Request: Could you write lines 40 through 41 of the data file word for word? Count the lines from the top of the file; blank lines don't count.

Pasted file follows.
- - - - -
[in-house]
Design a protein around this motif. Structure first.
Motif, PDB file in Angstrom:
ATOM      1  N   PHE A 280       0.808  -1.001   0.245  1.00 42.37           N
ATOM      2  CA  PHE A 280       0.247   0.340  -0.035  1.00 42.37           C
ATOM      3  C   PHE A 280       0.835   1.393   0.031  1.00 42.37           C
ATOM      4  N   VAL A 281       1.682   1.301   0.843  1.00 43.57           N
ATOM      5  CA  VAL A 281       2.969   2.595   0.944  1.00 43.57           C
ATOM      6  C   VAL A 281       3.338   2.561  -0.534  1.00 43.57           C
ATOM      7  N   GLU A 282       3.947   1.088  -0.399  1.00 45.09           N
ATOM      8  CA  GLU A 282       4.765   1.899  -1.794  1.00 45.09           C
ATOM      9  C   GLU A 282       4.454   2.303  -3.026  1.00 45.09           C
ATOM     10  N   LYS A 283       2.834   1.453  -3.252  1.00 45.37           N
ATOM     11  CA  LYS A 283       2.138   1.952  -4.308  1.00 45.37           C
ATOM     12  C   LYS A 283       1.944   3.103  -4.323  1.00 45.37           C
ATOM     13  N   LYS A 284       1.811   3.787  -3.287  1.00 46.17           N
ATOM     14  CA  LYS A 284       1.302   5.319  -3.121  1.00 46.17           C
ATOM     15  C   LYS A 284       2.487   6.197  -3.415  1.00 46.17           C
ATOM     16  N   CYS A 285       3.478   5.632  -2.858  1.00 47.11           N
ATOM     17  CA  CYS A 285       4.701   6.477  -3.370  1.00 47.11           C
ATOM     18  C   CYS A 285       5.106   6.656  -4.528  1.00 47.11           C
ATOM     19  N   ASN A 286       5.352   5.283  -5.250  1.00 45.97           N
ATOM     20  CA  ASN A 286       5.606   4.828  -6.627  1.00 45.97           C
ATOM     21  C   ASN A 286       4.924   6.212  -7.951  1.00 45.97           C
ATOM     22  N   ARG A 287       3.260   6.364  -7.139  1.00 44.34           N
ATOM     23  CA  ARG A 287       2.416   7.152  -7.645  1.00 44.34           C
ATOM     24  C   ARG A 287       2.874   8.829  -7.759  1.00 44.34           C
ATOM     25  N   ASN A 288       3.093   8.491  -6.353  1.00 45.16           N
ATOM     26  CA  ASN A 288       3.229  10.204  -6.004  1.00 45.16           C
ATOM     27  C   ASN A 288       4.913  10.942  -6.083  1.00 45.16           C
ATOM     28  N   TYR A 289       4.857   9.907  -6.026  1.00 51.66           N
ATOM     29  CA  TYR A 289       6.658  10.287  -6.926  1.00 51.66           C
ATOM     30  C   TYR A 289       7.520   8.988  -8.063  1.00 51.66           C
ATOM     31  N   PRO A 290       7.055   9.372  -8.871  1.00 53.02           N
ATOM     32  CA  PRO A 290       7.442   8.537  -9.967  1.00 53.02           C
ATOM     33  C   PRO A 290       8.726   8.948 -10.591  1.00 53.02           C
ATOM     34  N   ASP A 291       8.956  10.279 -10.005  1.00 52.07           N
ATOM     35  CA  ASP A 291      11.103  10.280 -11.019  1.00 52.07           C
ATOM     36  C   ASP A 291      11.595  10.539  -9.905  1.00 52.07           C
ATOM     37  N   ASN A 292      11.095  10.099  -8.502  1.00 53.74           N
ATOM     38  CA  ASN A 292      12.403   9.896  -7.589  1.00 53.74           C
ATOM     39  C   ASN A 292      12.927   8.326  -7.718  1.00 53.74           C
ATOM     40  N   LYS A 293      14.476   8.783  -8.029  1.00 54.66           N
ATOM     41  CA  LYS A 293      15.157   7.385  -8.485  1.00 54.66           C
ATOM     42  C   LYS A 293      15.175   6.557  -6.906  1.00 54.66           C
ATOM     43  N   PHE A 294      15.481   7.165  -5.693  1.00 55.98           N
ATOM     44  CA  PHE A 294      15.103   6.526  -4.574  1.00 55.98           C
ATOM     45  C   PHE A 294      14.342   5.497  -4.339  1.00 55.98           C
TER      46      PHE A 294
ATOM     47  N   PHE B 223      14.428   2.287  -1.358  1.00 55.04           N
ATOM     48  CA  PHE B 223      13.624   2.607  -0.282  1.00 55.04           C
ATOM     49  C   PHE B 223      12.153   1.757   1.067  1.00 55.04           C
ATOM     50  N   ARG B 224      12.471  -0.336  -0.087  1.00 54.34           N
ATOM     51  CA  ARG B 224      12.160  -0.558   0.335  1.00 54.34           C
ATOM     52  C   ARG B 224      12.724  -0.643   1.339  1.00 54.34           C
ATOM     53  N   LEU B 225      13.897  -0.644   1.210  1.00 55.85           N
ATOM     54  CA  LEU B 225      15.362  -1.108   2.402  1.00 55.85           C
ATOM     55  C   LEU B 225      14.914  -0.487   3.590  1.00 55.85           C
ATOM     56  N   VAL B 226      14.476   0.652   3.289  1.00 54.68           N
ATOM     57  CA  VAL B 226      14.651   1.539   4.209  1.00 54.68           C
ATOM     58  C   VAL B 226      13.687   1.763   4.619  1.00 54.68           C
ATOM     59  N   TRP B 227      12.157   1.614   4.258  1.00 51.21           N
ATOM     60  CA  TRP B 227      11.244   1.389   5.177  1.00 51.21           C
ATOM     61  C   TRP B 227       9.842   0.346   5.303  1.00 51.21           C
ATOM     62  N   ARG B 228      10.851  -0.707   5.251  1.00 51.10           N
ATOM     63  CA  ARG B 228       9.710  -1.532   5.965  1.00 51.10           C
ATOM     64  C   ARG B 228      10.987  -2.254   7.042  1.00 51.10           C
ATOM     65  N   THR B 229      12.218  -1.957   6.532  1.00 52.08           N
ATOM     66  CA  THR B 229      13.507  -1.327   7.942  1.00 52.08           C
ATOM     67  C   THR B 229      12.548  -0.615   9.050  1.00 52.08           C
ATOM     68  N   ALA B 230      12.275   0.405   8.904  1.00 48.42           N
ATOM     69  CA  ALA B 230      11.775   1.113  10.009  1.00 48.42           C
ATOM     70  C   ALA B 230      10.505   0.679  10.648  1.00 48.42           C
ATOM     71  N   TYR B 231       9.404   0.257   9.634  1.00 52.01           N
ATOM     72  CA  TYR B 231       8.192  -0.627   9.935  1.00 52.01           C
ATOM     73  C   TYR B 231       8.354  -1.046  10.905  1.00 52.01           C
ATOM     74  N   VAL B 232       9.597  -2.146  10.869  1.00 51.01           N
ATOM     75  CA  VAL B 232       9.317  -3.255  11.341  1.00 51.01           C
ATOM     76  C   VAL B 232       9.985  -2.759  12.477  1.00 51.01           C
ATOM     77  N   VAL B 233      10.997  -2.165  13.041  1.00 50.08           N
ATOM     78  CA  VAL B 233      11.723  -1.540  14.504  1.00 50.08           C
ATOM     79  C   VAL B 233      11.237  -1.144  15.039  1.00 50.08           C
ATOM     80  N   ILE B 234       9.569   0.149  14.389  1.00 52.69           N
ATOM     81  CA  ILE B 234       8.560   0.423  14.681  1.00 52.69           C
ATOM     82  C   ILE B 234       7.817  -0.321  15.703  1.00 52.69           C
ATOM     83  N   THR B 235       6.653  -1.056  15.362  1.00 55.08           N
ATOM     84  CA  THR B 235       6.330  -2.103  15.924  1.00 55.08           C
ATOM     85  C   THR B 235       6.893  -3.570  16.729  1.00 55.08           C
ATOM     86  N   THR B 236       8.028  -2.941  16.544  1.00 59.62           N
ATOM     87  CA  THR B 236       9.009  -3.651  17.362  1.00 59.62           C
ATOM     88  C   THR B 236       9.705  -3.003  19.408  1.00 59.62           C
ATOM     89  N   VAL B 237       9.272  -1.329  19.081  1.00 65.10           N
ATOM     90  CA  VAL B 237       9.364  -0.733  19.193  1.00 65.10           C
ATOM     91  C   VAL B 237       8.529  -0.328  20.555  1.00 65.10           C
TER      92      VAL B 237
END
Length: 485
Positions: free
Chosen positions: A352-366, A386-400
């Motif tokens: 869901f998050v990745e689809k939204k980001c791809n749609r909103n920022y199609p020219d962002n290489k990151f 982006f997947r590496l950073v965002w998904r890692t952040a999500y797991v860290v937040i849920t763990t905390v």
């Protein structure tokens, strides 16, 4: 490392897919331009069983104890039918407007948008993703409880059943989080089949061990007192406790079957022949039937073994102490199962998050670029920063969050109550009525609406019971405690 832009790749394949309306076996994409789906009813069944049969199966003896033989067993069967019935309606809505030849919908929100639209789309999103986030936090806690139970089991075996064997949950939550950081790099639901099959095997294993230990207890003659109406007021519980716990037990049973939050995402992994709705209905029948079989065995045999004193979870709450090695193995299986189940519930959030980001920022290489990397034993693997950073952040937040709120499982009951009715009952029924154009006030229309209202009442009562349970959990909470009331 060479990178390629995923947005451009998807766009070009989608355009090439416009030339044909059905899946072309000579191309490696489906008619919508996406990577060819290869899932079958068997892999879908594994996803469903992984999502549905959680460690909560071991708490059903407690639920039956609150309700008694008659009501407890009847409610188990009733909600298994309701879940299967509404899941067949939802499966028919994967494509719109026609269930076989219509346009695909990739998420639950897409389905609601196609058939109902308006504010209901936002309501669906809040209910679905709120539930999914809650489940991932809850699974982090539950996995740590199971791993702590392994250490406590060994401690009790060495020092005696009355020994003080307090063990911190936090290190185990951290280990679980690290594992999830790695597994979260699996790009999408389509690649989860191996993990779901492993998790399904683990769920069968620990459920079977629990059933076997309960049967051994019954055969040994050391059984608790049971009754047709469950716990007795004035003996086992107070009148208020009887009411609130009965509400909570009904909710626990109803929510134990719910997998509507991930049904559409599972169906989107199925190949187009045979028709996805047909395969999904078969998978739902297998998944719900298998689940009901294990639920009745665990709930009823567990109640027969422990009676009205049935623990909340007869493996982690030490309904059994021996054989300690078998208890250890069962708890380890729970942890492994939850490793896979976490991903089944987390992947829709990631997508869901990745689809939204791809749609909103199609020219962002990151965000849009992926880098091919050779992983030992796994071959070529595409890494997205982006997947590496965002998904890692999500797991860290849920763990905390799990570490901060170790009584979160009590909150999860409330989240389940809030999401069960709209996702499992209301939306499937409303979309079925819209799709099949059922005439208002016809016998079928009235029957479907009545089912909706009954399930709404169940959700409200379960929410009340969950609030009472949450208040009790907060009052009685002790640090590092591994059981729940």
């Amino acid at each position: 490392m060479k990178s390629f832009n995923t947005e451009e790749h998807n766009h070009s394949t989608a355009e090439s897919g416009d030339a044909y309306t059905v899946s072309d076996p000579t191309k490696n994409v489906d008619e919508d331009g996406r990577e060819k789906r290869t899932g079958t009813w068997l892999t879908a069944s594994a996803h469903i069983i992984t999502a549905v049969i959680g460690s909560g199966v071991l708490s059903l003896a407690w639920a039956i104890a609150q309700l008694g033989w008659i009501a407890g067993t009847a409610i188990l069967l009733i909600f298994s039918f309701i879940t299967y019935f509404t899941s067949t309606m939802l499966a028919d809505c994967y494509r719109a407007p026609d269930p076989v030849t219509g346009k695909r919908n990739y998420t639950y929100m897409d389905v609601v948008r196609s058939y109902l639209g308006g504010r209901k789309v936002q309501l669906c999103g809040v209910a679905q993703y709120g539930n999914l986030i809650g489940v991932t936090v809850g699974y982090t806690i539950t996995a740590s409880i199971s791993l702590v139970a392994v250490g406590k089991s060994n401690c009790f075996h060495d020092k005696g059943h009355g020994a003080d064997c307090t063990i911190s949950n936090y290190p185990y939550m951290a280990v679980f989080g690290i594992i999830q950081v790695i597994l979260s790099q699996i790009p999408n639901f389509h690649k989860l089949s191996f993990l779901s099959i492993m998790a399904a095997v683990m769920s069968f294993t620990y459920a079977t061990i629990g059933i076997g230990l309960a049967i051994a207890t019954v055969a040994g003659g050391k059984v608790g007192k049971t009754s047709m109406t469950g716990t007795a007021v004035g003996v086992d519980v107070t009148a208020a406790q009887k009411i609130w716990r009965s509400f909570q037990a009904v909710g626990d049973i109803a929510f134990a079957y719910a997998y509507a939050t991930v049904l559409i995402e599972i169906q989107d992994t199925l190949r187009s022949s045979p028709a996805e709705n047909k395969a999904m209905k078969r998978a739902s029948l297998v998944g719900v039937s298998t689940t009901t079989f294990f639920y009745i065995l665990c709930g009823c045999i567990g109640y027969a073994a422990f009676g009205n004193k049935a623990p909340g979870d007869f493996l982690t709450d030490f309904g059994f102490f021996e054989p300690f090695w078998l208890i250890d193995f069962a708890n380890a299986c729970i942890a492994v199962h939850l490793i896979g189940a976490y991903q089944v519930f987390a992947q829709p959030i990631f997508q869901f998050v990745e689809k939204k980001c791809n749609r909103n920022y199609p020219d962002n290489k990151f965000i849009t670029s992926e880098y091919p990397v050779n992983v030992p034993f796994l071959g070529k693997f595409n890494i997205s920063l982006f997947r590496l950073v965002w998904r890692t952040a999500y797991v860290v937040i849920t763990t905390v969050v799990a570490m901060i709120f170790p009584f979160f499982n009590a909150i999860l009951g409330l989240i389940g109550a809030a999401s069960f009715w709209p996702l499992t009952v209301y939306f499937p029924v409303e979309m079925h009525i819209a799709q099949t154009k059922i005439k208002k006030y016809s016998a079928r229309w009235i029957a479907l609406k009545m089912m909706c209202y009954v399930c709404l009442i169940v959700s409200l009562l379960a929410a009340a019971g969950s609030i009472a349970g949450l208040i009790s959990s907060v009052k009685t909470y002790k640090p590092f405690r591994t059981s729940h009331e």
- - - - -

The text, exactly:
ATOM     37  N   ASN A 292      11.095  10.099  -8.502  1.00 53.74           N
ATOM     38  CA  ASN A 292      12.403   9.896  -7.589  1.00 53.74           C